Sailors on Ice

The ice was breaking up all around them, and the current was rushing their floe and everything on it—the sledges, the tents, the ponies, the men themselves—out to sea and certain doom. Petty Officer Tom Crean gathered the camping gear together and loaded the sledge in preparation for a dash to safety, as though the floe were still attached to the main body of ice and not separated from it by ever-widening leads of black water. “Crean went about his business,” said Lieutenant Birdie Bowers of him later, “like any bluejacket, as though he did this sort of thing every day.”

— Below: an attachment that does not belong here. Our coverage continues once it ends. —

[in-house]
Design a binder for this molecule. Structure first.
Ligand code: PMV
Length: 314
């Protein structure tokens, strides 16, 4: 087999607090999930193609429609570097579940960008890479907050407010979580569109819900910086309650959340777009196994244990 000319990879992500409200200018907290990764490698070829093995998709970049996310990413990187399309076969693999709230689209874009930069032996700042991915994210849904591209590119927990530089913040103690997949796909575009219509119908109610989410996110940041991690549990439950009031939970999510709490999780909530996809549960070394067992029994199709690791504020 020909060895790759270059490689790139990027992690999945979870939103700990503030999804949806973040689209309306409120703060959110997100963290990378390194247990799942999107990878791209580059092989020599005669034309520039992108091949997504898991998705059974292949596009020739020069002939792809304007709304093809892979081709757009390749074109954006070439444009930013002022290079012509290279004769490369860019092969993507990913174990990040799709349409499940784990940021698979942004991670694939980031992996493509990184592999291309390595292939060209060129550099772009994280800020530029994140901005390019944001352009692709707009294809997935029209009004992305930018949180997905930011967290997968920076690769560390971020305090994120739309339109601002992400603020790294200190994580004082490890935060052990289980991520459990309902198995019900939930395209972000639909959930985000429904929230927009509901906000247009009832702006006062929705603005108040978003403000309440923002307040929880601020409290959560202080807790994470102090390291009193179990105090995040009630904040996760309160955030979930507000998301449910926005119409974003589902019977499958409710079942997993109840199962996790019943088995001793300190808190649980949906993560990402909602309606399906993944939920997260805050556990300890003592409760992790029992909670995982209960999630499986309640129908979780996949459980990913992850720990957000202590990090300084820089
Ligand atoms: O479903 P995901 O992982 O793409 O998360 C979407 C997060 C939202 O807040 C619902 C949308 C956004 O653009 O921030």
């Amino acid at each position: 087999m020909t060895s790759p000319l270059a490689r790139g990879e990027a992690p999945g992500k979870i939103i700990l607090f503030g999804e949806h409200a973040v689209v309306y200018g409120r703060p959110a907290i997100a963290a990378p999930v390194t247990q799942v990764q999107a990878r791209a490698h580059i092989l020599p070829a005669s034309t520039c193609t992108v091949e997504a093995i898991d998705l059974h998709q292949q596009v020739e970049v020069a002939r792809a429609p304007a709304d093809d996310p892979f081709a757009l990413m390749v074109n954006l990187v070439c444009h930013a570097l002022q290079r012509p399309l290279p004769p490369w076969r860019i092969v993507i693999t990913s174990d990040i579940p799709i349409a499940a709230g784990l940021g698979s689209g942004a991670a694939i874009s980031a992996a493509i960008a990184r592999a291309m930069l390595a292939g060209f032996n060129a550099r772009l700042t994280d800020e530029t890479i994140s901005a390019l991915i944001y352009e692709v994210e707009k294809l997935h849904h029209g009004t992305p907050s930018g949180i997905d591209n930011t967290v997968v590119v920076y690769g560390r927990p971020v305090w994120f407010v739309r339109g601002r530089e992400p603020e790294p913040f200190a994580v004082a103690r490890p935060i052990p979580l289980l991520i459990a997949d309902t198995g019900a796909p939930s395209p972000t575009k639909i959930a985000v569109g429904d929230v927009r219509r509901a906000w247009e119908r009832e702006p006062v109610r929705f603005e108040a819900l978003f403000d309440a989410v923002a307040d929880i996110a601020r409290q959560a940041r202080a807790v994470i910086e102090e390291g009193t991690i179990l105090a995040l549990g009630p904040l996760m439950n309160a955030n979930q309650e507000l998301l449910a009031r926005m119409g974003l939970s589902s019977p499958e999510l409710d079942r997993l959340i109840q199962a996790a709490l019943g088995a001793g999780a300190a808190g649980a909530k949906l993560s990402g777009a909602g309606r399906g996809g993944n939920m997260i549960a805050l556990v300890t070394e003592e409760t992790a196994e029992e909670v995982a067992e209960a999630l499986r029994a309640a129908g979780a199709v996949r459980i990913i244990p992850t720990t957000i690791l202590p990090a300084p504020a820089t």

“As though he did this sort of thing every day.” During the heady days of the “heroic age” of Antarctic discovery, the only way to get to the continent was by wooden sailing ships, the stout Dundee whalers built for the ice. Though equipped with auxiliary steam, the ships could not be sailed without able seamen accustomed to the demanding life of a tall ship sailor. Men who expected to be on deck in their oilskins throughout their own, and often enough every other watch when circumstances and the skipper demanded it. Men who knew not only how to work the rig, but also, after the gales and storms had passed, how to repair and replace it Seafaring had always been a hard life; the men saw violent injury and sudden death on a regular basis, and learned to live without out fear of it, knowing each always allotted “one hand for himself, after one for the ship.’

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